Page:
All Nonfiction Bullying Books Academic Author Interviews Celebrity interviews College Articles College Essays Educator of the Year Heroes Interviews Memoir Personal Experience Sports Travel & CultureAll Opinions Bullying Current Events / Politics Discrimination Drugs / Alcohol / Smoking Entertainment / Celebrities Environment Love / Relationships Movies / Music / TV Pop Culture / Trends School / College Social Issues / Civics Spirituality / Religion Sports / Hobbies
- Summer Guide
- College Guide
- Author Interviews
- Celebrity interviews
- College Articles
- College Essays
- Educator of the Year
- Personal Experience
- Travel & Culture
- Current Events / Politics
- Drugs / Alcohol / Smoking
- Entertainment / Celebrities
- Love / Relationships
- Movies / Music / TV
- Pop Culture / Trends
- School / College
- Social Issues / Civics
- Spirituality / Religion
- Sports / Hobbies
- Community Service
- Letters to the Editor
- Pride & Prejudice
- What Matters
“Annie, don’t move, okay? If it hurts you say stop, okay?” With this, my dad used his strong hands and wrapped something around my arm. Being a scientist, he loved to create. I am very excited today because my dad is using me in an experiment.
“Stop…Stop!” I screamed.
“Annie, what’s wrong?” Pain traveled throughout my once normal six-year-old body. My life would never be the same again.
I went to retrieve my ruby red flying boots off the shelf in my closet. Every time I looked at them, I was reminded that being nine feet and six inches tall, I was not able to fit into a hovercraft like everyone else. It all started the day when dad’s experiment went horribly wrong. The invention was supposed to be a mobile teleporter that could transport you to more than one place. Dad had done many trials with it, using our robotic maid as the test subject. When he showed the Chief Executive Officer (CEO) of the Planetorial Technology Administration (PTA), of our planet Z052, how good his invention worked on robots, the man gave the okay to proceed with humans. I had always wanted to be the first one to test dad’s invention. Knowing this, dad readily agreed and attached the device to my arm. When he hit the button, I instantly felt a severe zap throughout my entire body. About six months later we noticed rapid growth, much like gigantism and my hair became translucent. My dad figured that my DNA molecules were altered by an over-ionizing of the malfunctioning transporter from a nuclear power source.
I shook myself out of the distant past. I laced up my boots and flew to the “Galaxy Grocery.” I passed countless hovercrafts and spaceships. I tried not to think about all of the eyes piercing into my flesh. Soon I was at the landing for the store. I hit the off button on my flying boots and walked in.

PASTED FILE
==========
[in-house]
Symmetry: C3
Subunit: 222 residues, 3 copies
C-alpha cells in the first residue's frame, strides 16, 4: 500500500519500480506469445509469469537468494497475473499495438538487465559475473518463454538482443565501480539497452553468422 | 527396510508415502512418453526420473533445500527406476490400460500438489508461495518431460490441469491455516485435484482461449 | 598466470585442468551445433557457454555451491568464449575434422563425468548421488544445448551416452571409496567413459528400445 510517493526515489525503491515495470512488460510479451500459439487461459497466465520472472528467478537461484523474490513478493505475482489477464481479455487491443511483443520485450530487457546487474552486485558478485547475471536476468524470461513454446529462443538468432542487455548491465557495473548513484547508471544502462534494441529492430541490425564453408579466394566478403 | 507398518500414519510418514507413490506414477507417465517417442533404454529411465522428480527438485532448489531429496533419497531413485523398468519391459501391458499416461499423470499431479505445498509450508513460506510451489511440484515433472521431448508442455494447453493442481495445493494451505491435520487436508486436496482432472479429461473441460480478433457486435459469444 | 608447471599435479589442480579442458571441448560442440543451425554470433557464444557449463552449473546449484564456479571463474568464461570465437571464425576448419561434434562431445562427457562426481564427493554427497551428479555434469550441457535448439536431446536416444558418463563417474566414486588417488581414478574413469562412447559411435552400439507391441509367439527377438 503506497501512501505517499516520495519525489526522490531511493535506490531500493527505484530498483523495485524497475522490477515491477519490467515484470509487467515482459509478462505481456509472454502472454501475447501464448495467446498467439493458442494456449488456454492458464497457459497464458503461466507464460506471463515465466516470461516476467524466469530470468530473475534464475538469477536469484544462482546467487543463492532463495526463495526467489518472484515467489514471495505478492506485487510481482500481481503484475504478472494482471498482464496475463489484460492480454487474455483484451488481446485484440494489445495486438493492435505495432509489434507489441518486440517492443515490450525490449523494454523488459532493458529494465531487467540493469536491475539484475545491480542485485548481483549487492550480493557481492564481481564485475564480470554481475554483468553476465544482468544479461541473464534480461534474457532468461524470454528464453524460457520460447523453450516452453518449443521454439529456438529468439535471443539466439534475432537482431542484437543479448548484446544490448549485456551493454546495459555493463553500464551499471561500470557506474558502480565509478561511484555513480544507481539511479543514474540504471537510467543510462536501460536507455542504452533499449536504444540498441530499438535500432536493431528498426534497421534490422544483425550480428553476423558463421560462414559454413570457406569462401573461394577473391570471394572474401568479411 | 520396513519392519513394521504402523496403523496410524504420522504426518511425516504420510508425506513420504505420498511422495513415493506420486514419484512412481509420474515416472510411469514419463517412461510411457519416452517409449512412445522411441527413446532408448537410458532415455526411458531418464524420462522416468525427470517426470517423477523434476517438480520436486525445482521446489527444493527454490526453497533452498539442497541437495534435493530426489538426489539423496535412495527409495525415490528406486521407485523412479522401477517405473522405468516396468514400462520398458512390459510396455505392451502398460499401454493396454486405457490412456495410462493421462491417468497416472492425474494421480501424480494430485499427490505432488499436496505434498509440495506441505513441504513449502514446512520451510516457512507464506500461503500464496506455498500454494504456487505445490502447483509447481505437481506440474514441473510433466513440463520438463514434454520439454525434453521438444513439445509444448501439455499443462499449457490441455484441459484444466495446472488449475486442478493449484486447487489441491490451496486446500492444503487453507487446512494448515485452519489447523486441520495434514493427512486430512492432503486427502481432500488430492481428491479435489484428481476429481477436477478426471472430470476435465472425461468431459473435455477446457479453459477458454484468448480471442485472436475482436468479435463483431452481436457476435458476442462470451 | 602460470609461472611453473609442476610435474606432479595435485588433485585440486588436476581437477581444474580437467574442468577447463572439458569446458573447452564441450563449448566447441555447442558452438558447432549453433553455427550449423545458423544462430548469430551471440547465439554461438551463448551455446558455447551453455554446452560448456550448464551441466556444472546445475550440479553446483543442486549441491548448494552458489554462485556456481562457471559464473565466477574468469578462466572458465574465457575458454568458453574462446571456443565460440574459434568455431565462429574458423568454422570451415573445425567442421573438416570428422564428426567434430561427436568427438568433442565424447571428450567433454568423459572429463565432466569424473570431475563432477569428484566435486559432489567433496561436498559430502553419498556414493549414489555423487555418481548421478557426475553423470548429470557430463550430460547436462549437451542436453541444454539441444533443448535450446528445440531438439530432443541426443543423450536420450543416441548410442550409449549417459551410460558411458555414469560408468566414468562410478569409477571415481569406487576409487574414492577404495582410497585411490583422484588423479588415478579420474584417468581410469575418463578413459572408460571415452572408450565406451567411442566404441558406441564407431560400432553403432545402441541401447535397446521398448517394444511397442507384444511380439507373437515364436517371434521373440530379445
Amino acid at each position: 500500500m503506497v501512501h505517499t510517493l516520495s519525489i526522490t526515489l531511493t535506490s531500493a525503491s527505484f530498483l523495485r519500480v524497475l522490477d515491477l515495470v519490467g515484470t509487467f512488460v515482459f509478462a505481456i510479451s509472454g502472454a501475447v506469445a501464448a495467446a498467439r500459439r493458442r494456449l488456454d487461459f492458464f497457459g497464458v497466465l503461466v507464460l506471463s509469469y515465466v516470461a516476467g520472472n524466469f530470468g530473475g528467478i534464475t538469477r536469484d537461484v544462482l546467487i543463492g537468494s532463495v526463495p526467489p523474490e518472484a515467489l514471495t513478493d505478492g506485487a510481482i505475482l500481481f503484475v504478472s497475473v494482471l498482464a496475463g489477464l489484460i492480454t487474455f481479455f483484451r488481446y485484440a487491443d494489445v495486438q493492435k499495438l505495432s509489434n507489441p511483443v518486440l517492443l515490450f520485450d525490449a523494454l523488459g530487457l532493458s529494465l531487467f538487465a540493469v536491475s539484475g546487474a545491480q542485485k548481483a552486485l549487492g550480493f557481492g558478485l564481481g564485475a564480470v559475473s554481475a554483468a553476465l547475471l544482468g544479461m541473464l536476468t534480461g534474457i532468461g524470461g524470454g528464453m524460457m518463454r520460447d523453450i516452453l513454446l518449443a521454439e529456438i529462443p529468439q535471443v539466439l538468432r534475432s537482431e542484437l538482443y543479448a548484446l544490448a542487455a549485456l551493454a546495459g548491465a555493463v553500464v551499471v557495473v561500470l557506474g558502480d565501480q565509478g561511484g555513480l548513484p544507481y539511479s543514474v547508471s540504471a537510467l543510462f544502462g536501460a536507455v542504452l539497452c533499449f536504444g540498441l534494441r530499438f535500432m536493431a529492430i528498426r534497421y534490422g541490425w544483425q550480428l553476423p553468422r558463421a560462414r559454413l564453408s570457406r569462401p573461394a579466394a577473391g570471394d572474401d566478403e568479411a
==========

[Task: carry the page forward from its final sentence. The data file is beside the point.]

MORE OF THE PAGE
“Welcome to Galaxy Groceries. Choose a computer and select the items you wish,” said a robot greeter (who was an old model, and covered in rust). I chose a computer in the far corner, bending down to use it. I selected the groceries needed and pushed the red checkout button. Shortly after, a robot came and gave them to me. I thanked it and darted for the door. In my haste to leave, I bumped into someone, scattering all my items onto the floor.
“Annie! Is that really you?” said Betty, with surprise written all over her face. She finished helping me put all of my groceries back into the bag.
“Yeah, it really is me.”
“I almost didn’t recognize you! You’ve changed a lot since first grade. Like a ton. I had heard you came back, and I was hoping to see you. I really miss you, you know. You were, like, my best friend. Hey! Maybe we can, like, have lunch sometime.”
“Yeah, maybe,” I said, “Uhm, can we talk later? I have to go.”
“Like, sure thing Annie. Bye!” I thought I would never get out of that one. So people still thought that I had moved. Actually, we never did move, but I was isolated. I had only recently started going outside again. I am now seventeen and starting to accept being different. I had missed out on everything while being secluded, including friends.
I took the teleporter to dad’s lab. I was relieved to see that he was upstairs. I needed some alone time right now. I ran to the door that had brightly painted stars on it. Inside, the room looked like a space shuttle. The sink, toilet and shower were all incorporated into the design. I shut the door and sat down on the toilet (lid closed of course) and cried. When no more tears came, I took a small crinkled washcloth, soaked with warm water, and ran it down my face. In the mirror, I saw a teary-eyed, blue-haired girl who had to crouch low to use the sink. This made me cry even more. “Oh, what I would give to be like everyone else,” I thought. I would no longer have to dye my translucent hair, make my own clothes, or crouch down to use things!